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Why your super could disappear from your payslip

November 24th, 2014

Australian workers are about to lose the right to get super details on their payslip.

Tony Abbott’s war on business red tape is set to claim millions of unintended victims, with the nation’s workers losing the right to receive details of compulsory super contributions on their payslips.

The controversial proposal – contained in draft legislation aimed at cutting the regulatory burden on employers – has come under fire from trustees of super funds.

If the change is implemented, Australian employers will have no obligation to disclose the amount of super they pay to an employee on payslips.

The only way that workers will know if money is going into their super accounts will be to check statements issued by their funds, or by contacting the super fund.

The same disclosure problem will also apply to workers who have arranged to sacrifice part of their gross salary into super.

Tom Garcia, the chief executive of the Australian Institute of Superannuation Trustees, believes the change might be an unintended effect of the crackdown on red tape.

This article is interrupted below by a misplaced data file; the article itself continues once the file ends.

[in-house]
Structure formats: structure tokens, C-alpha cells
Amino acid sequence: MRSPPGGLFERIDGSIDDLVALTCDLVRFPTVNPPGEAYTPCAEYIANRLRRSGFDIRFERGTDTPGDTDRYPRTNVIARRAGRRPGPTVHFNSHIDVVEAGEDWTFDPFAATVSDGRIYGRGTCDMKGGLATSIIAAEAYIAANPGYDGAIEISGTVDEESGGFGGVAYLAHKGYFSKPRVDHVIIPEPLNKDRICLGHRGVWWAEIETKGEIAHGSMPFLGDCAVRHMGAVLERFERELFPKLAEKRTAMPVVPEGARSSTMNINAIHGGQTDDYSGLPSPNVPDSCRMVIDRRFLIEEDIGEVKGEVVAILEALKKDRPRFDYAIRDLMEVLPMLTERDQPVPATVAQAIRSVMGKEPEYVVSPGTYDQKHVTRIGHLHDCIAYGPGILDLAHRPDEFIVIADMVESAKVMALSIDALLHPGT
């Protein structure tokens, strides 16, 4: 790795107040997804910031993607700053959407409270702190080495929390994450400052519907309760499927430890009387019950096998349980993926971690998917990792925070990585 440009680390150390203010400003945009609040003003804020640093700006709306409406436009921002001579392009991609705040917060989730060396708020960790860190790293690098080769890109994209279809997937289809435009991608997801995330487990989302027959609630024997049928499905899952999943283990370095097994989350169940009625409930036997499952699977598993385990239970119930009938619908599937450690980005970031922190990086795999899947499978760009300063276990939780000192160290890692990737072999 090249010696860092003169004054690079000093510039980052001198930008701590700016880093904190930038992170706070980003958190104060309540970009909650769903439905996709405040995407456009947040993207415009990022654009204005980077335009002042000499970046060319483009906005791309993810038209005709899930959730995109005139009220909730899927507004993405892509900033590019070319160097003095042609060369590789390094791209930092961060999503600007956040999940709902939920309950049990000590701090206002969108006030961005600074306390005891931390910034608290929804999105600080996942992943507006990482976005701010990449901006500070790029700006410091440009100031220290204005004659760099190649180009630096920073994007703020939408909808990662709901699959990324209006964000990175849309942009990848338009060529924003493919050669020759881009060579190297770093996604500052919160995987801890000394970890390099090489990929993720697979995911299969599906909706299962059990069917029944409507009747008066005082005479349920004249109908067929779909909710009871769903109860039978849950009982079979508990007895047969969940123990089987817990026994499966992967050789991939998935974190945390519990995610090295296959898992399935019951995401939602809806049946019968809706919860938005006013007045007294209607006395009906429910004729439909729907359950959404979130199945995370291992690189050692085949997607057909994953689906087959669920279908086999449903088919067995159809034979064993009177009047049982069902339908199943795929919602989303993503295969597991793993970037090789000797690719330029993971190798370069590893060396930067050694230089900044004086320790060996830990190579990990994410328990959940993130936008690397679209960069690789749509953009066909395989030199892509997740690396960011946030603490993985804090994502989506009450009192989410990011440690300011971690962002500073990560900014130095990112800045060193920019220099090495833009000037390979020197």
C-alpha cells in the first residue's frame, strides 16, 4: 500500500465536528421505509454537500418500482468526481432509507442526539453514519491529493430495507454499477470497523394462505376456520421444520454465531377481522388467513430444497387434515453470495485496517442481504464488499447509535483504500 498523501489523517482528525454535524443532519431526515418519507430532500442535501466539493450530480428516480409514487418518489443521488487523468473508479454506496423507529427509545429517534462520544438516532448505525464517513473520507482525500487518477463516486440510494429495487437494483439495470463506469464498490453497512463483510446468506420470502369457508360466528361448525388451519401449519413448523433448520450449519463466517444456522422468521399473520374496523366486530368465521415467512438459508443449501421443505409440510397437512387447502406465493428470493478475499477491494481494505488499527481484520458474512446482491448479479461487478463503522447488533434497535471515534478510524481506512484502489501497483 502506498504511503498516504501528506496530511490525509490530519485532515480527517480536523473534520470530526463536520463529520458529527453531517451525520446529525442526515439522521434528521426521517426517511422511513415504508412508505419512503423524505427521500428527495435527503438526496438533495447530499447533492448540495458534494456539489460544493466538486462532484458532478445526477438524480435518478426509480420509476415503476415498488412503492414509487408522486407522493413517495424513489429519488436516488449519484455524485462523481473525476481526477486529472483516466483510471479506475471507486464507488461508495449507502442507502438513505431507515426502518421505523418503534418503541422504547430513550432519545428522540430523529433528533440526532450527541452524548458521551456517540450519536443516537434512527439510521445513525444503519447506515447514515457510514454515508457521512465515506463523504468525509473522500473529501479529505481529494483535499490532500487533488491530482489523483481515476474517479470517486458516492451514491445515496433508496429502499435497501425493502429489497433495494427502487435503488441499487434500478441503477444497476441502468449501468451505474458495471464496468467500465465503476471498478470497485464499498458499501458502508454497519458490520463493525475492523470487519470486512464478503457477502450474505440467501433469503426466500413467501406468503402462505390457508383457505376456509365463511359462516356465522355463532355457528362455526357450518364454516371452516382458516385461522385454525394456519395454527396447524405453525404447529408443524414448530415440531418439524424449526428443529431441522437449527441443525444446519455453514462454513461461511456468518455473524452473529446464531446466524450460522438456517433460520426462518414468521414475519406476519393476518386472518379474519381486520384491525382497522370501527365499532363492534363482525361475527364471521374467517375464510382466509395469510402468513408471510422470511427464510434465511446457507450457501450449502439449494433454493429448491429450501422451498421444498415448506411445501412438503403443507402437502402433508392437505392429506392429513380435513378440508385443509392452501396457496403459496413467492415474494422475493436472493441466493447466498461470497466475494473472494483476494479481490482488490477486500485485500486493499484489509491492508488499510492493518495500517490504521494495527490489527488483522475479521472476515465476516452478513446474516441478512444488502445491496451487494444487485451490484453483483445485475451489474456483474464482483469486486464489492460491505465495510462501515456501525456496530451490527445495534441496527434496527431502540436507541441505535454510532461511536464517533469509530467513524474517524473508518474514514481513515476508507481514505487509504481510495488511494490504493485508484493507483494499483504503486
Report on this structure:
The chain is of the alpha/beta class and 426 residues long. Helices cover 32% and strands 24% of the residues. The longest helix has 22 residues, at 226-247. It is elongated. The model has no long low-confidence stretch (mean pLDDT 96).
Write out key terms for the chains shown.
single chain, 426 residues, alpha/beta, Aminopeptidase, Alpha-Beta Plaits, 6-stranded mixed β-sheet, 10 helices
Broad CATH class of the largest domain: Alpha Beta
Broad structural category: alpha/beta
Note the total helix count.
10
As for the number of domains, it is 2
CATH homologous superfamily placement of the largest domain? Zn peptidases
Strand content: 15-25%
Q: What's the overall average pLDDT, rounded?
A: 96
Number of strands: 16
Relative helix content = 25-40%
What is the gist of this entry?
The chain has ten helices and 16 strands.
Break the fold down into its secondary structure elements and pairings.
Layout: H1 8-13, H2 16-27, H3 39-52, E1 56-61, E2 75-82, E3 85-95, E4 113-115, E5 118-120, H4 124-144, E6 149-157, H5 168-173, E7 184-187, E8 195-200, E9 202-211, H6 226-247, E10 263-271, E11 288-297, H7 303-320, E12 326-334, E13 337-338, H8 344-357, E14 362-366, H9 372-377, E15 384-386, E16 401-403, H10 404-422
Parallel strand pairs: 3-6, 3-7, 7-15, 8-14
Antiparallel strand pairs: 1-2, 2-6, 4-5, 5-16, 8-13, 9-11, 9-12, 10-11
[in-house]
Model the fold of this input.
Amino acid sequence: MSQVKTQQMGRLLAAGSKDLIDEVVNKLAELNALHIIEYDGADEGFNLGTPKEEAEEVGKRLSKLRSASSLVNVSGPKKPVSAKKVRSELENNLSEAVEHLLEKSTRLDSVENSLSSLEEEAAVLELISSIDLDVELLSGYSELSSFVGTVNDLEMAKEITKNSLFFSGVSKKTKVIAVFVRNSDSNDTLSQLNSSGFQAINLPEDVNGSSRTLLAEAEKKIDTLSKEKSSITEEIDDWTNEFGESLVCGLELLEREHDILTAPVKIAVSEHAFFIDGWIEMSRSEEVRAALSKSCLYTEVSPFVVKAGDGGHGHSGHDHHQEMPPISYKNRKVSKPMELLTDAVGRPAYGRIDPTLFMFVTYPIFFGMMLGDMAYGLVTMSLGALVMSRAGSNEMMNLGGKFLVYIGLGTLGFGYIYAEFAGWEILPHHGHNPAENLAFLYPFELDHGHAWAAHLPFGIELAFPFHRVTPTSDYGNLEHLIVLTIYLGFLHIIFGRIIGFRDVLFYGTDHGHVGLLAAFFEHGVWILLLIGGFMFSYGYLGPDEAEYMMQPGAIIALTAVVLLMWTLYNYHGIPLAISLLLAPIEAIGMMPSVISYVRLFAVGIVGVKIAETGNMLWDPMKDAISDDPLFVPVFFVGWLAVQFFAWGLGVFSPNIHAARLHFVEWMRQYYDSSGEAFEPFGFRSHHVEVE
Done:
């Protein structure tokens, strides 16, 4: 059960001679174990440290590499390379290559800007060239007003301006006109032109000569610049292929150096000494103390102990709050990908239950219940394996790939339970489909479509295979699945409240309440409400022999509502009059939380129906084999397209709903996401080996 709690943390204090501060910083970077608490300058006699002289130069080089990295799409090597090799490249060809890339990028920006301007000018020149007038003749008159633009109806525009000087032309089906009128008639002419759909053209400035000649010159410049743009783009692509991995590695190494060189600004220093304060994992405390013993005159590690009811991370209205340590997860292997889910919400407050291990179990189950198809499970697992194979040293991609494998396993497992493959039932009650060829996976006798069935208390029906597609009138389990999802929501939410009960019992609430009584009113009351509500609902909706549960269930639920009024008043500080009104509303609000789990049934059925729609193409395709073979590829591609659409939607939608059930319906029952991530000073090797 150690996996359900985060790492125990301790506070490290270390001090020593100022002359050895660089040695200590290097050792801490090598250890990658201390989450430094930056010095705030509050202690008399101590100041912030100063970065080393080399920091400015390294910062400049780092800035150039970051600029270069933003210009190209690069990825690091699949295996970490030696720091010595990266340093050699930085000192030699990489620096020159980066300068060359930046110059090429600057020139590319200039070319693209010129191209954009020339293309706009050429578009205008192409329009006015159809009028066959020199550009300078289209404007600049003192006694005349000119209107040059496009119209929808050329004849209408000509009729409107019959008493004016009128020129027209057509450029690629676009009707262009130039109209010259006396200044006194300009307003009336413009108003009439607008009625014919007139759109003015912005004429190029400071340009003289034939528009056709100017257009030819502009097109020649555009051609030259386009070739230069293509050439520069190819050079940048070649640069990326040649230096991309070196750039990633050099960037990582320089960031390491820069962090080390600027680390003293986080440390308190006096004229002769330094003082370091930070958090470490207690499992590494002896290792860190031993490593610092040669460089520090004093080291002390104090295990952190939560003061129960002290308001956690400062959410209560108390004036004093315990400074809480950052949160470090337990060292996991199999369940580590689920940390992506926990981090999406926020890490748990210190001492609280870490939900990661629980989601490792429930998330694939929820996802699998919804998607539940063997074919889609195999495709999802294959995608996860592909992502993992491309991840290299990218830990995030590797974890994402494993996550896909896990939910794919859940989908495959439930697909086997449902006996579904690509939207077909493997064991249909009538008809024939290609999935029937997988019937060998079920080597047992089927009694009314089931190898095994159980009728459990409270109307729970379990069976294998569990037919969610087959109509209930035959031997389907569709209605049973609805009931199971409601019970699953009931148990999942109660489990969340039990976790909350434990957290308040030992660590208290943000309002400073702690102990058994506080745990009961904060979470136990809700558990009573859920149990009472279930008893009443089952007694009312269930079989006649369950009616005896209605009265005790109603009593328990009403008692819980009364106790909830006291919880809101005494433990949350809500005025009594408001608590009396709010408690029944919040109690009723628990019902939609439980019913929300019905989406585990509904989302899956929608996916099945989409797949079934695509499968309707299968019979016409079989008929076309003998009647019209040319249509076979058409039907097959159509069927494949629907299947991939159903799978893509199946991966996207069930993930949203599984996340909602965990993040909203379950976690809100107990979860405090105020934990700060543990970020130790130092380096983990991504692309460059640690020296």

“We hope this is an oversight – the government needs to quickly fix it,” he said.

“Most employees would expect employers to tell them when a super guarantee payment goes into their fund and how much it is.”

Mr Garcia said the AIST was not opposed to the principle of reducing the paper burden on small businesses, but that employees should expect transparent reporting of their earnings and other remuneration benefits on payslips.

He warned that the proposal could trigger a rise in complaints to the Australian Tax Office, which has a responsibility to investigate reports of employers underpaying on super entitlements.

“That would add to unnecessary costs to be borne by taxpayers,” he said.

Research published earlier this month by the Association of Superannuation Funds of Australia found that Australian workers were missing out on at least $2.5 billion of mandatory super payments a year.

Industries that employed a higher proportion of casual and contract staff – such as the construction industry – were most likely to short-change workers on super, the report found.

Mr Garcia said it was important that workers were engaged with their superannuation and that relaxing the disclosure requirements on employers would lead to vulnerable workers losing track of their entitlements.

“When people rely on the Tax Office to retrieve their unpaid super, there can be massive delays – it can take up to two years for money to reach an employee’s super account,” he said.

“Employees are more likely to resolve any problems earlier if changes in their super payments are recorded on their payslips.”

You can read the full New Daily article by George Lekakis here.